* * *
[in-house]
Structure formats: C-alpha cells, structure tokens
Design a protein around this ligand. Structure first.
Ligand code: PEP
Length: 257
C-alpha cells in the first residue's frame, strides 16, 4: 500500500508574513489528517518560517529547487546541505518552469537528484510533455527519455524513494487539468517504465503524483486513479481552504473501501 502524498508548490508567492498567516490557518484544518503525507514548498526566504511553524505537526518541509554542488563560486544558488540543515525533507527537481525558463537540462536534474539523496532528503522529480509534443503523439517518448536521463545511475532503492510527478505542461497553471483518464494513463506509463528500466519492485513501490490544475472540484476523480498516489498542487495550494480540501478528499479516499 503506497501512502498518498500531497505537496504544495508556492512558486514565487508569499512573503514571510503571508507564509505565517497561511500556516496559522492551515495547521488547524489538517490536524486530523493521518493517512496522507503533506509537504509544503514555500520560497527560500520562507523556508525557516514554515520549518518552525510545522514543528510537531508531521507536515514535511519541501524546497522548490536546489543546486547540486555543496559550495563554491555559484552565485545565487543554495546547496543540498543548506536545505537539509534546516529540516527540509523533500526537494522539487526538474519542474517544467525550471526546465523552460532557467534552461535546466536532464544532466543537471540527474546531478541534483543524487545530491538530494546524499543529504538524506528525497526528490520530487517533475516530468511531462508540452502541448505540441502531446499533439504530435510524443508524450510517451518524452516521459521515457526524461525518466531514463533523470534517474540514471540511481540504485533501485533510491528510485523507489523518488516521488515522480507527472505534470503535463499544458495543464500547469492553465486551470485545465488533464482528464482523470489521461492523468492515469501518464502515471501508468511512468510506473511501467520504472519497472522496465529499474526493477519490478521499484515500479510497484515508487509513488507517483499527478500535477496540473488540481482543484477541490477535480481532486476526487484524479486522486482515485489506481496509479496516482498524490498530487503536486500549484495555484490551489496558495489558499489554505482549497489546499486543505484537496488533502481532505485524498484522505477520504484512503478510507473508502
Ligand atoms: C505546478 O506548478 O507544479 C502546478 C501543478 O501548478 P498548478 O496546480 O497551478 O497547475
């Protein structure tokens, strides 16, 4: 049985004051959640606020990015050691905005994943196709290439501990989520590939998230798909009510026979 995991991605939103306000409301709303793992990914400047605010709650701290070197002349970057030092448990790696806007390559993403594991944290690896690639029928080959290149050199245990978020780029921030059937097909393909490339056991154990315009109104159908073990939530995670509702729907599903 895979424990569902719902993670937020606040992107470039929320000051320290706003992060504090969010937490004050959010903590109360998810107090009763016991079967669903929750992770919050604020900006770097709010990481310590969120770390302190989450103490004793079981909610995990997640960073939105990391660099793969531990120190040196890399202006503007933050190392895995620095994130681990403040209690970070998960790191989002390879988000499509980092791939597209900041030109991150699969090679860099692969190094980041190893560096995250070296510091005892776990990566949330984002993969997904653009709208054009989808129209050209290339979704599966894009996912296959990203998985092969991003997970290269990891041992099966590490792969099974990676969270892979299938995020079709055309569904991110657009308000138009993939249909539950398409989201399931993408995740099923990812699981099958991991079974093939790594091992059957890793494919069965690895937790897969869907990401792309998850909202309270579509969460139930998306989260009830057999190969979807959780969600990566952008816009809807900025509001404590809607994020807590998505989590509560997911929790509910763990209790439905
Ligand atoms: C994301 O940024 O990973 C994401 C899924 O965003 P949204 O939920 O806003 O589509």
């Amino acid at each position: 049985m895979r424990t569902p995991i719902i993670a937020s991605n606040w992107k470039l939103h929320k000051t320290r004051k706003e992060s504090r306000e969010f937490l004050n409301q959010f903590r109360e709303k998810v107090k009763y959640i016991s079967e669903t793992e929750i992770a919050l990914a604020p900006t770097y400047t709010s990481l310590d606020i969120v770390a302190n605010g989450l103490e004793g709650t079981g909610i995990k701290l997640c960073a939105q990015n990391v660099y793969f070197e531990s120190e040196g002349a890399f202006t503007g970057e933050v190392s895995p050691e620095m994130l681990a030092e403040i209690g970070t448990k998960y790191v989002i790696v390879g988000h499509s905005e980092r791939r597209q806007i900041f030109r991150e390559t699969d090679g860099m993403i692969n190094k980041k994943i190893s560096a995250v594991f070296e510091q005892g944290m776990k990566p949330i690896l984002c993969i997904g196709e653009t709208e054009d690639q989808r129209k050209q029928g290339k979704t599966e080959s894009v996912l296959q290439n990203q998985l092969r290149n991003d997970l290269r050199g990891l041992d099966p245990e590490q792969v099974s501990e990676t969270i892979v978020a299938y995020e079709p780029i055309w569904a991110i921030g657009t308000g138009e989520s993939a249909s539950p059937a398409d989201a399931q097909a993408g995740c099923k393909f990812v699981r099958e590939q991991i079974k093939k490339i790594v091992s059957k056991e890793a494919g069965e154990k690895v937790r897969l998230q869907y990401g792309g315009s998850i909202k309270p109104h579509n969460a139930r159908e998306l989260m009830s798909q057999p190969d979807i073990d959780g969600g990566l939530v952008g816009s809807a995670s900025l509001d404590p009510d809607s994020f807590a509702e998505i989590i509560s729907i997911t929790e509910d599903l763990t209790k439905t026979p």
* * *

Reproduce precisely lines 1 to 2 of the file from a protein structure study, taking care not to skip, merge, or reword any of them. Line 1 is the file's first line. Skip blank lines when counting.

[in-house]
Structure formats: C-alpha cells, structure tokens